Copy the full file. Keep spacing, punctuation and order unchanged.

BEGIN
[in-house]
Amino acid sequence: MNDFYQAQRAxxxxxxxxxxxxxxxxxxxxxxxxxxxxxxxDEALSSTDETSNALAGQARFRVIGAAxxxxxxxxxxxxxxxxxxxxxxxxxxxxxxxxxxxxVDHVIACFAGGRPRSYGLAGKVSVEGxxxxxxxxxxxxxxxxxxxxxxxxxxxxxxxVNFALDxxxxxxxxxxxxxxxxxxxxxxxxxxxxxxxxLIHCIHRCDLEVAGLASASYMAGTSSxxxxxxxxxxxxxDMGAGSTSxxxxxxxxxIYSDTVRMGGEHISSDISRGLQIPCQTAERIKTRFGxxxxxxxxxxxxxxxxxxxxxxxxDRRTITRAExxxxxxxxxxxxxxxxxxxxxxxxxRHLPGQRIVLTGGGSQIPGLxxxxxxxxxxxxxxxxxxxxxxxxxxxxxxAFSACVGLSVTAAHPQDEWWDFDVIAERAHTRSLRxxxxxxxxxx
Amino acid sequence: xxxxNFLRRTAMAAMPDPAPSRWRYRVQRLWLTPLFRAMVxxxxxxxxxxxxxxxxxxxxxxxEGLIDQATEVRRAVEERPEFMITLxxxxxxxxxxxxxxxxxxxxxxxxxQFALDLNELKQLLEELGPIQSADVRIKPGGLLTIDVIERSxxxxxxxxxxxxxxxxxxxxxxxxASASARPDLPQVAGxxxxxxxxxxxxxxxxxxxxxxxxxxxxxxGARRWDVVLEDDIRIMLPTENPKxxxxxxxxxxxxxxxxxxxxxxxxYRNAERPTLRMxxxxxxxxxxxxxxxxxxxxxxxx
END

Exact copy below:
[in-house]
Amino acid sequence: MNDFYQAQRAxxxxxxxxxxxxxxxxxxxxxxxxxxxxxxxDEALSSTDETSNALAGQARFRVIGAAxxxxxxxxxxxxxxxxxxxxxxxxxxxxxxxxxxxxVDHVIACFAGGRPRSYGLAGKVSVEGxxxxxxxxxxxxxxxxxxxxxxxxxxxxxxxVNFALDxxxxxxxxxxxxxxxxxxxxxxxxxxxxxxxxLIHCIHRCDLEVAGLASASYMAGTSSxxxxxxxxxxxxxDMGAGSTSxxxxxxxxxIYSDTVRMGGEHISSDISRGLQIPCQTAERIKTRFGxxxxxxxxxxxxxxxxxxxxxxxxDRRTITRAExxxxxxxxxxxxxxxxxxxxxxxxxRHLPGQRIVLTGGGSQIPGLxxxxxxxxxxxxxxxxxxxxxxxxxxxxxxAFSACVGLSVTAAHPQDEWWDFDVIAERAHTRSLRxxxxxxxxxx
Amino acid sequence: xxxxNFLRRTAMAAMPDPAPSRWRYRVQRLWLTPLFRAMVxxxxxxxxxxxxxxxxxxxxxxxEGLIDQATEVRRAVEERPEFMITLxxxxxxxxxxxxxxxxxxxxxxxxxQFALDLNELKQLLEELGPIQSADVRIKPGGLLTIDVIERSxxxxxxxxxxxxxxxxxxxxxxxxASASARPDLPQVAGxxxxxxxxxxxxxxxxxxxxxxxxxxxxxxGARRWDVVLEDDIRIMLPTENPKxxxxxxxxxxxxxxxxxxxxxxxxYRNAERPTLRMxxxxxxxxxxxxxxxxxxxxxxxx